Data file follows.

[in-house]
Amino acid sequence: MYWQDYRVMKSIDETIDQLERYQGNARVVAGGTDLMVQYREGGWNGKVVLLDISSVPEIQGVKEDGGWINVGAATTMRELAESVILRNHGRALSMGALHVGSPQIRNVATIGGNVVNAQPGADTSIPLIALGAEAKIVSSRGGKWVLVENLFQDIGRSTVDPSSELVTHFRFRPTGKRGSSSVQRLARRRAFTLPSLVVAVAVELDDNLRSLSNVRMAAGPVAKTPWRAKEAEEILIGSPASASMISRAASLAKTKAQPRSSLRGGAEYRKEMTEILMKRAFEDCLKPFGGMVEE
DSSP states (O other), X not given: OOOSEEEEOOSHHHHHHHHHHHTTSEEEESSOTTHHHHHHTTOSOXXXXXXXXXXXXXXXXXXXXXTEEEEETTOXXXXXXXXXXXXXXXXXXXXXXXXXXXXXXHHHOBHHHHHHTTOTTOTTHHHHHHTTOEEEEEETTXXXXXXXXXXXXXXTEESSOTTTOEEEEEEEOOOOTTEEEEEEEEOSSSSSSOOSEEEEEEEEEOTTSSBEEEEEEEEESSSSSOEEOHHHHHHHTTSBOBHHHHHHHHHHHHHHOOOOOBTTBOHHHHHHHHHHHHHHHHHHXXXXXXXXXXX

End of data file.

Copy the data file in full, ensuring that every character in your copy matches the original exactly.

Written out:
[in-house]
Amino acid sequence: MYWQDYRVMKSIDETIDQLERYQGNARVVAGGTDLMVQYREGGWNGKVVLLDISSVPEIQGVKEDGGWINVGAATTMRELAESVILRNHGRALSMGALHVGSPQIRNVATIGGNVVNAQPGADTSIPLIALGAEAKIVSSRGGKWVLVENLFQDIGRSTVDPSSELVTHFRFRPTGKRGSSSVQRLARRRAFTLPSLVVAVAVELDDNLRSLSNVRMAAGPVAKTPWRAKEAEEILIGSPASASMISRAASLAKTKAQPRSSLRGGAEYRKEMTEILMKRAFEDCLKPFGGMVEE
DSSP states (O other), X not given: OOOSEEEEOOSHHHHHHHHHHHTTSEEEESSOTTHHHHHHTTOSOXXXXXXXXXXXXXXXXXXXXXTEEEEETTOXXXXXXXXXXXXXXXXXXXXXXXXXXXXXXHHHOBHHHHHHTTOTTOTTHHHHHHTTOEEEEEETTXXXXXXXXXXXXXXTEESSOTTTOEEEEEEEOOOOTTEEEEEEEEOSSSSSSOOSEEEEEEEEEOTTSSBEEEEEEEEESSSSSOEEOHHHHHHHTTSBOBHHHHHHHHHHHHHHOOOOOBTTBOHHHHHHHHHHHHHHHHHHXXXXXXXXXXX